People’s Budget Bakersfield called to divest from the Bakersfield Police Department at a press conference Wednesday evening before the Bakersfield City Council meeting.
Faheemah Salahud-Din Floyd and Daulton Jones, a community organizer, led the press conference to discuss the needs of the community and where they would like to see funds go.
“So many programs, so many things, so many places, so many people are underfunded and disinvested because they’re not white and because they don’t have privilege,” said Jones during the press conference.
People’s Budget Bakersfield, a grassroots coalition that fights for police accountability and reform, surveyed community members to see what they would like to see money invested in. This led to what was referred to as the “Seven asks”: violence prevention outside of policing, youth development and education, public and mental health, city racial equity policies and plans, affordable housing and homeless services, black economic equity programs, and City reparations to black and indigenous communities.
From the time spent talking to, researching, and listening to the community’s needs, People’s Budget Bako has created a budget they’d want the city to implement. This budget has been crafted by the community for the community, the organizers say.
“When you ignore this budget, you are ignoring all of these residents. You are telling them they do not matter because they are not white and privileged. They keep doing that year after year. This year will probably be no different,” said Salahud-Din Floyd explaining why their budget should be implemented. “But the thing about it is we are committed to fighting for and striving for a community that values all people and not just a certain demographic of people.”
The People’s Budget Bako is committed to making sure the community is involved with decisions that concern them.
“I just want the community to be safe, and I want the people in the community to feel like they have a say in what is going on here. How can you create a budget and not ask the community what they want and say it’s for their benefit? That’s ludacris,” said, Salahud- Din Floyd.
During the city council meeting, the city proposed their budget for the fiscal year of 2021-2022.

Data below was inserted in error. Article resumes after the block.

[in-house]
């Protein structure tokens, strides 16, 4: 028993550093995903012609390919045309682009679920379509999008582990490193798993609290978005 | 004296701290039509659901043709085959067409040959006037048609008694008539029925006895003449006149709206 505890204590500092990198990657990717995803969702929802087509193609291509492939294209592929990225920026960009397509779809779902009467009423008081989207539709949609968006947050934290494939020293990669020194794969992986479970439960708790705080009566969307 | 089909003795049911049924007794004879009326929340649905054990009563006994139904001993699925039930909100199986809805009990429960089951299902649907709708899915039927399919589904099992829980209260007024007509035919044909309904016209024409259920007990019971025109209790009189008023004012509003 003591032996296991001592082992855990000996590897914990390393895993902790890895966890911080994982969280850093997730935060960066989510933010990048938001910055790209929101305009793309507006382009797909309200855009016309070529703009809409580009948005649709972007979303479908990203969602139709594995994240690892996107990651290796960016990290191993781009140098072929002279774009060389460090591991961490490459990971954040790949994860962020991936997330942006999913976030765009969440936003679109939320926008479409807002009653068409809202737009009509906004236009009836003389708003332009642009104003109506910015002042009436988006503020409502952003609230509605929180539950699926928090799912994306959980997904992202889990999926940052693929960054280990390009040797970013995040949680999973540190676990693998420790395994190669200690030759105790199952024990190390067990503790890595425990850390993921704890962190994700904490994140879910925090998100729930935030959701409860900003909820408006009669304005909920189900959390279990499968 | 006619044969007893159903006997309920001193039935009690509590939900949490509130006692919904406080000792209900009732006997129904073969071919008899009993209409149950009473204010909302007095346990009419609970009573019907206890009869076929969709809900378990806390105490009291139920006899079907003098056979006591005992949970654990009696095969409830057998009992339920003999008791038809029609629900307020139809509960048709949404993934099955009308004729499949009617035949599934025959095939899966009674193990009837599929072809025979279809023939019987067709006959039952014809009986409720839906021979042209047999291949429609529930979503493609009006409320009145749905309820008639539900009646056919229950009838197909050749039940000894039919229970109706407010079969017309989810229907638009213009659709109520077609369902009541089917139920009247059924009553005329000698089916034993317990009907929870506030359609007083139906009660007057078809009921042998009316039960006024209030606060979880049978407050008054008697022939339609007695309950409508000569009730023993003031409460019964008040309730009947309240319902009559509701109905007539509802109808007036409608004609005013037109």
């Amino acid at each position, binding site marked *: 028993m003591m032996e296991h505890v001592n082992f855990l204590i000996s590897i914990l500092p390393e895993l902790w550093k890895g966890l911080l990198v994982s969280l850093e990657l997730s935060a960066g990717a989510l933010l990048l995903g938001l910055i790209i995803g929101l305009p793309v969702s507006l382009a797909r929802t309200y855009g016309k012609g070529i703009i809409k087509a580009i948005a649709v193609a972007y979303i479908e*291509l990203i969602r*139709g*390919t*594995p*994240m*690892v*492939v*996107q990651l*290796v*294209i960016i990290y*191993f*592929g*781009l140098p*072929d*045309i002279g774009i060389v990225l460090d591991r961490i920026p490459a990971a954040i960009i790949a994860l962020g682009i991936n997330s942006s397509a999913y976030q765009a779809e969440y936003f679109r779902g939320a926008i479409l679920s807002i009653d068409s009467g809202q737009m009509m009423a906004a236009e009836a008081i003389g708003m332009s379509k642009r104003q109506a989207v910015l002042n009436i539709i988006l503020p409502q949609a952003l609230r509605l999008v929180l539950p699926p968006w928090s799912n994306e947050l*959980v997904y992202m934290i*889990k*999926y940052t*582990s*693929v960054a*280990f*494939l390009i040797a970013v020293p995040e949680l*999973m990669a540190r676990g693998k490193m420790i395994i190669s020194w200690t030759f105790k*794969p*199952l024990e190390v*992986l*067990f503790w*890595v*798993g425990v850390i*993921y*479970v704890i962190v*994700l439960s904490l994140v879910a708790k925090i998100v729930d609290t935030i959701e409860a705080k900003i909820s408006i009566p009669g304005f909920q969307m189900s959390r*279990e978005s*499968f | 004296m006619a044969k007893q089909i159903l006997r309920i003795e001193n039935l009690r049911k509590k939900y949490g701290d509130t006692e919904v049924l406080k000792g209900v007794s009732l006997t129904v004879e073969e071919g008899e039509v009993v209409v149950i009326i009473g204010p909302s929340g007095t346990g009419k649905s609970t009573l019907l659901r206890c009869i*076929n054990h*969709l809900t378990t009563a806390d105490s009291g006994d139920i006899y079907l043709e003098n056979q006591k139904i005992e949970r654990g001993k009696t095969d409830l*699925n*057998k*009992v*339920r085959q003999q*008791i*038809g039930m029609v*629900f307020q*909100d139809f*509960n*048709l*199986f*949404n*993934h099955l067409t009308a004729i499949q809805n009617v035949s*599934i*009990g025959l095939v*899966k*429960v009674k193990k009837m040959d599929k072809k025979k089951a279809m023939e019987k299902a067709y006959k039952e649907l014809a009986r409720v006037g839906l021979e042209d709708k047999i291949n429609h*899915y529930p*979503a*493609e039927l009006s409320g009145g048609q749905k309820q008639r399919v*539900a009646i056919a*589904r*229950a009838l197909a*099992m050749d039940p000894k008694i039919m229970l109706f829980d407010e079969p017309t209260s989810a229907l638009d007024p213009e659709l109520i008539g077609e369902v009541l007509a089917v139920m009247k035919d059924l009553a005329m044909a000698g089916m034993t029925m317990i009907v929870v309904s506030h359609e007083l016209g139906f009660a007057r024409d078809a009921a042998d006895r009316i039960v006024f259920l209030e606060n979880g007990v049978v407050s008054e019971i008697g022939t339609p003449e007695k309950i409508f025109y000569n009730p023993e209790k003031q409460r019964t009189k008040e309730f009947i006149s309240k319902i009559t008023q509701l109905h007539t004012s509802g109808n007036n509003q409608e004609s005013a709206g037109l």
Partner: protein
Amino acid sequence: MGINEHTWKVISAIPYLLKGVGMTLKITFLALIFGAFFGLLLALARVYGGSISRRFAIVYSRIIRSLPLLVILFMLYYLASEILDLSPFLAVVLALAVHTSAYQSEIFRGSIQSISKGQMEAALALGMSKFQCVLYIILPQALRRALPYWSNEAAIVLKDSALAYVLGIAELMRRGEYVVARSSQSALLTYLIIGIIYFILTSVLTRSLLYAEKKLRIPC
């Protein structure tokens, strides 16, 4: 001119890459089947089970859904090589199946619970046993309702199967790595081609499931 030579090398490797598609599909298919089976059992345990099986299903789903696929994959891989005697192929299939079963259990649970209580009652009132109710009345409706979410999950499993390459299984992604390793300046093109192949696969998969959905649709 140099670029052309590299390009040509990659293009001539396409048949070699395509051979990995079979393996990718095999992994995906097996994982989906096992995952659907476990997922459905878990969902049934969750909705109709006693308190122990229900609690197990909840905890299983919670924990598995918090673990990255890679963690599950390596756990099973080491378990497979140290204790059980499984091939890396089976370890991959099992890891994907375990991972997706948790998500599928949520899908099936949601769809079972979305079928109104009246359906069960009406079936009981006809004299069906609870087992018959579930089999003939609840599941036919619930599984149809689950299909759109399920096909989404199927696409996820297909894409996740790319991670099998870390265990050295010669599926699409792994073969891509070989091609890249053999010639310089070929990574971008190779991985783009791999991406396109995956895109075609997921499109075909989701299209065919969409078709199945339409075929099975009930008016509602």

Despite People’s Budget Bako demands and recommendations, the proposed budget is calling for 42.53 percent of all general funds to be allocated into the Bakersfield Police Department.
The proposed budget resources allocated to the police department will be $13.4 million or 11.2 percent more than the budget from last fiscal year.
According to the proposed budget, these funds will look to hire 28 new sworn police positions and 17 new civilian police positions. Last year’s budget allowed the department to fill 44 positions within BPD.
The break down of the general funds, if adopted, will be: 42.53 percent to police services; 16.29 percent to fire services; 8.62 percent to parks and recreation; 7.32 percent into transfers; 4.11 percent into development services; 3.27 percent to economic development; 2.52 percent to technology services; 1.85 percent to non-departmental; 1.17 percent to executive; 1.09 percent to financial services; .80 percent to human resources; and .76 percent to city attorney.
Some attendees at the council meeting were there in support of the People’s Budget Bako and spoke during the public comments to oppose this budget.
“You’re gonna give the police so much more money, and they’re directly going to give black people more trauma. None of you are gonna have to deal with that,” said Jones, explaining why part of the budget should be giving black and indigenous people reparations.
Jones is in favor of reparations because black and indigenous people experience trauma as a result of people in power, according to Jones. They deserve to be repaid for what they went through, according to Jones.
“Our community members are reaching out. Our community members are just waiting to tell you what they need… Instead of listening to us, we’re hiring researchers when really the experts are the people in the streets who are suffering,” said Emma De La Rosa, policy advocate for the Leadership Council for Justice and Accountability.
Featured photo: Daulton Jones spoke at the Bakersfield City Council meeting in June 2020, addressing the City budget, which increased the Bakersfield Police Department budget about 10 percent allowing the department to add 44 new positions. In public comment that lasted about an hour, most of the speakers were in favor of defunding the police. Some asking that the vote to approve the $630 million budget should at least be delayed and time set aside to discuss the $119.9 million BPD portion of the budget. An overflow crowd gathered outside the chambers watching the meeting on a television screen. After discussion the Bakersfield City Council, without opposition, approved the $630 million budget for 2020-21.
Photos by Henry A. Barrios for Kern Sol News.